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Personal computer [...]The IBM PC (Personal Computer), is a trade mark of IBM. It is the predecessor of the current personal computers first introduced in 1981.
The phrase "personal computer" was common currency before 1981, and was used as early as 1972 to characterize the Xerox PARC Alto. However, due to the success of the IBM PC, what had been a generic term came to mean specifically a microcomputer compatible with IBM's specification (see IBM PC compatible). (The term "personal computer" is still occasionally used to the wider generic sense). --http://en.wikipedia.org/wiki/IBM_PC [Mar 2004]
Personal care products
Unilever is an Anglo-Dutch company which owns many of the world's consumer product brands in foods, beverages, cleaning agents and personal care products. Unilever employs more than 247,000 people and had a worldwide turnover of €48 760 million in 2002. Unilever has two parent companies: Unilever NV in Rotterdam, Netherlands, and Unilever PLC in London, United Kingdom. This arrangement is similar to that of Royal Dutch/Shell. Both Unilever companies have the same directors and effectively operate as a single business. The current chairman for Unilever NV is Antony Burgmans while Patrick Cescau is the head of Unilever PLC. Unilever's major competitors include Nestlé and Procter & Gamble. --http://en.wikipedia.org/wiki/Unilever [Jan 2005]
The personal video recorder (or PVR)
The personal video recorder (or PVR) is a consumer electronics device that records television shows to a hard disk in digital format.
This makes the "time shifting" feature (traditionally done by a VCR) much more convenient, and also allows for "trick modes" such as pausing live TV, instant replay of interesting scenes, and skipping advertising. Most PVR recorders use the MPEG format for encoding analog video signals.
The most popular PVRs on the market are TiVo's TiVo and DNNA's ReplayTV. Many satellite and cable companies are incorporating PVR functions into their set-top box, such as with DirecTivo. In this case there is no encoding necessary in the PVR, as the satellite signal is already a digitally encoded MPEG stream. The PVR simply stores the digital stream directly to disk.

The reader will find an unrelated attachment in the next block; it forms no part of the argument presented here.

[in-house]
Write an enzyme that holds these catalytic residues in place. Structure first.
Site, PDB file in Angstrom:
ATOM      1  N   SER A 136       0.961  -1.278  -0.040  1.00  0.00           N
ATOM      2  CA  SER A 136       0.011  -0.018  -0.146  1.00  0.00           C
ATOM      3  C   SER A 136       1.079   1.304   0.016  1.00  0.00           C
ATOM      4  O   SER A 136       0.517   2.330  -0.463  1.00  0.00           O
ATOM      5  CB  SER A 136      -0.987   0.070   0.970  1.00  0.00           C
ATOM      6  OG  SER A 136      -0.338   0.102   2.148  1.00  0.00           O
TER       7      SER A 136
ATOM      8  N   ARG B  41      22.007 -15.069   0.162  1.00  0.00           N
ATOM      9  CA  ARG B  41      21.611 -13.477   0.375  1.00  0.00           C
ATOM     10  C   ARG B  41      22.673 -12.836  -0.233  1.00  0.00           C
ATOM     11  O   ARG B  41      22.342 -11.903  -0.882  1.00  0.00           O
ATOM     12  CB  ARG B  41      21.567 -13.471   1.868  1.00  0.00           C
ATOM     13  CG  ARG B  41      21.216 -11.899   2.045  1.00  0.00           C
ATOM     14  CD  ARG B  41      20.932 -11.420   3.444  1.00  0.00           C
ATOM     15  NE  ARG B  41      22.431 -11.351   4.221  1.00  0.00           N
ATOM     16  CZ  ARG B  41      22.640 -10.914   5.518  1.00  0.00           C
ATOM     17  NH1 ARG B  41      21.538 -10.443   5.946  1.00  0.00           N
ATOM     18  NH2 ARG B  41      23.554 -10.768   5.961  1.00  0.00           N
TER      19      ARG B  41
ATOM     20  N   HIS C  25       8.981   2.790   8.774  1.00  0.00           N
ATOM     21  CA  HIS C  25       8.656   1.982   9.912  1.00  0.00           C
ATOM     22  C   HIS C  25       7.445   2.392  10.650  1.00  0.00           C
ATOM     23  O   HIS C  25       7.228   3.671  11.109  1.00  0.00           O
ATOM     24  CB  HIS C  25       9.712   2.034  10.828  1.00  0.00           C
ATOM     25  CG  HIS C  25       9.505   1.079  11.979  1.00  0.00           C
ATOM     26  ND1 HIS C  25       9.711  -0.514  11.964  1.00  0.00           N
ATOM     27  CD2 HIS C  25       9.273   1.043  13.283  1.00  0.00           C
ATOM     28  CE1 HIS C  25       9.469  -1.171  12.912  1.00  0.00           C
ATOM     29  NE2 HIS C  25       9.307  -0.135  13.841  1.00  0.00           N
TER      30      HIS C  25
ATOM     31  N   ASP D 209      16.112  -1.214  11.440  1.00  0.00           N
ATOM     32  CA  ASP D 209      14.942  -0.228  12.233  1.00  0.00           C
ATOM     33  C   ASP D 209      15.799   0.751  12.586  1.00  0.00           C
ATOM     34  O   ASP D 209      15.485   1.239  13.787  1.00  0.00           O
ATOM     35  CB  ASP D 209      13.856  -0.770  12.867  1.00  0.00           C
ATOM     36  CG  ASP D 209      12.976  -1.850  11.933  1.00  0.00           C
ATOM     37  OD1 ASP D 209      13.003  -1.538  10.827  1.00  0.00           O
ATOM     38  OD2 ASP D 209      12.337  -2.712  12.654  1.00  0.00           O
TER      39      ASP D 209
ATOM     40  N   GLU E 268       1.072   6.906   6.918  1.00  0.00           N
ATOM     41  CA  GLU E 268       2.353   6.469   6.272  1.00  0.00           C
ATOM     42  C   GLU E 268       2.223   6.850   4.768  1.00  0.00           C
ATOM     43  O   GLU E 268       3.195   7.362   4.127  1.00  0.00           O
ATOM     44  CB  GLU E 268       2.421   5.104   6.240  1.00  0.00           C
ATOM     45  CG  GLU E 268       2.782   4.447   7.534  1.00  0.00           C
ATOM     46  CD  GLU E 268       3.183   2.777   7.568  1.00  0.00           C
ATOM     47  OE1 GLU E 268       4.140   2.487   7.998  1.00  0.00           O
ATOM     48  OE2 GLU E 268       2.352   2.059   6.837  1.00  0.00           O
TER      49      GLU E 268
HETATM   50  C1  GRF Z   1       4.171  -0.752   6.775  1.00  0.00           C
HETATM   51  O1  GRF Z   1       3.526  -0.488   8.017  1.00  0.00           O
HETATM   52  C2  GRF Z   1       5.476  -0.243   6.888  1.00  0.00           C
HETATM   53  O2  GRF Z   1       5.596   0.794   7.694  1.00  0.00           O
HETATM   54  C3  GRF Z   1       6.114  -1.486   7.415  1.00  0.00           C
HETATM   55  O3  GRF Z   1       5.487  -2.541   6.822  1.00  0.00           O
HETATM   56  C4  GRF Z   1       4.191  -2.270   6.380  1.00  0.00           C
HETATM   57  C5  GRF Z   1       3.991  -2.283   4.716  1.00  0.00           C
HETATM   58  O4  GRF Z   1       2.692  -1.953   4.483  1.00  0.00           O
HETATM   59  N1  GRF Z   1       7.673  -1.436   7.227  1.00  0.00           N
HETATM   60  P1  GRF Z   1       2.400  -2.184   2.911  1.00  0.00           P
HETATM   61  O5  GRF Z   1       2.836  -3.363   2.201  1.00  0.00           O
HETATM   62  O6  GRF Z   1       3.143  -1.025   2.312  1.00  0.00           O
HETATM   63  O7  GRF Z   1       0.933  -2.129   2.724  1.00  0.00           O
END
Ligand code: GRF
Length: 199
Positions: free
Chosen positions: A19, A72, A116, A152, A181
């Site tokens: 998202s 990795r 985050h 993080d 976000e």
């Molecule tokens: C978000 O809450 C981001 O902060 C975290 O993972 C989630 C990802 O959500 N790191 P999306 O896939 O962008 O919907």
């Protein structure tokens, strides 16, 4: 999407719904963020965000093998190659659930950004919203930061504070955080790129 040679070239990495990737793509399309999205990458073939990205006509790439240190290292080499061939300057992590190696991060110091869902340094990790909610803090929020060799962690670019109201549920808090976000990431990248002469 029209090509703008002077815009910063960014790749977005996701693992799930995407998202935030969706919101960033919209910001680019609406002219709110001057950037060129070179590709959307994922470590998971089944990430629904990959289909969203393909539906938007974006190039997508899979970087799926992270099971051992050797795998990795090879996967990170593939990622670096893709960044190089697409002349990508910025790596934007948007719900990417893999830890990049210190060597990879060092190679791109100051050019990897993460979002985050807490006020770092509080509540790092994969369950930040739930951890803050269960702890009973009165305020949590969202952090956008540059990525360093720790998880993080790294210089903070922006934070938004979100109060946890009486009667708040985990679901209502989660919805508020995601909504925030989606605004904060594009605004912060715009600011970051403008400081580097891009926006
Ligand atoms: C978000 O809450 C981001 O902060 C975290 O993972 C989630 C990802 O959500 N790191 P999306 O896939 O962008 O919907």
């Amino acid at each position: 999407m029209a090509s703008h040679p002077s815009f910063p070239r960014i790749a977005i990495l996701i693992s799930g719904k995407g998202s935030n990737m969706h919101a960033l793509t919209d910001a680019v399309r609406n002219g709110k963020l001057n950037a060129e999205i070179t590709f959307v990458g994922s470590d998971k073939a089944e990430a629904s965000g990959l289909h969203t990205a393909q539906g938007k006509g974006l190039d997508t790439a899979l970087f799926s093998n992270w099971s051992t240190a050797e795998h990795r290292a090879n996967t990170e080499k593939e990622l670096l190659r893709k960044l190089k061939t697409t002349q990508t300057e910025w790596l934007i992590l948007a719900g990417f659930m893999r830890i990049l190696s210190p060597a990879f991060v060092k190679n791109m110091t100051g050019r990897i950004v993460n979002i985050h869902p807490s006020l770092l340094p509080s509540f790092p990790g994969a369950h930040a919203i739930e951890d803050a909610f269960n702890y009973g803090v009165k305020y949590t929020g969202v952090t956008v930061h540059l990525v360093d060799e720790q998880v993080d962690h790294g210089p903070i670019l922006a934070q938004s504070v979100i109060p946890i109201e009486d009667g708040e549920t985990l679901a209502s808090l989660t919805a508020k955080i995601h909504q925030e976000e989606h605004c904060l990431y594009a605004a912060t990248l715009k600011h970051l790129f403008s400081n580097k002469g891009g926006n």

Upcoming entrants into the market include products such as Digeo's Moxi, and Microsoft's Media Center.
In 2003, the Yakima, Washington Police Department began using PVRs in their patrol cars to record the activities of officers and suspects. Since then, many other police departments have followed suit, due to the increased reliability and decreased cost compared to analog video systems.
There are ways to make one's own PVR using software and hardware available for Microsoft Windows, Linux and Macintosh operating systems. There are even people working on turning the Xbox into a PVR with a modchip. --http://en.wikipedia.org/wiki/Personal_video_recorder [Jul 2004]
Portable Media Center [...]
Portable Media Centers put all of your favorite video, music, and pictures at your fingertips wherever you are. Take digital entertainment from your computer with you on the go, including recorded TV shows, downloaded videos, home movies, music, and photos. With Windows Mobile software that features an easy-to-use, familiar Windows XP Media Center Edition interface, Portable Media Centers let you enjoy immediate access to all of your favorite entertainment — anytime, anywhere. --http://www.microsoft.com/windowsmobile/devices/portablemediacenter/overview.mspx 
Personal Media PortalOrb Networks, Inc., a developer of streaming media software and services, today introduced a breakthrough service that provides a simple way for consumers to view, hear and control all kinds of their digital content from virtually any Internet- enabled device, from anywhere in the world. Today's connected population is demanding media mobility and convenience to meet its fast-paced lifestyle. Orb's solution provides spontaneous access to a person's music, live television, videos, photos and other digital content from any device that can connect to the Internet, such as a cell phone, PDA, or notebook, allowing users to create their own "personal media portal." --Bill Landon on Mon, Oct 11, 2004, http://www.pdatoday.com/more/A2190_0_1_0_M/ [Oct 2004]
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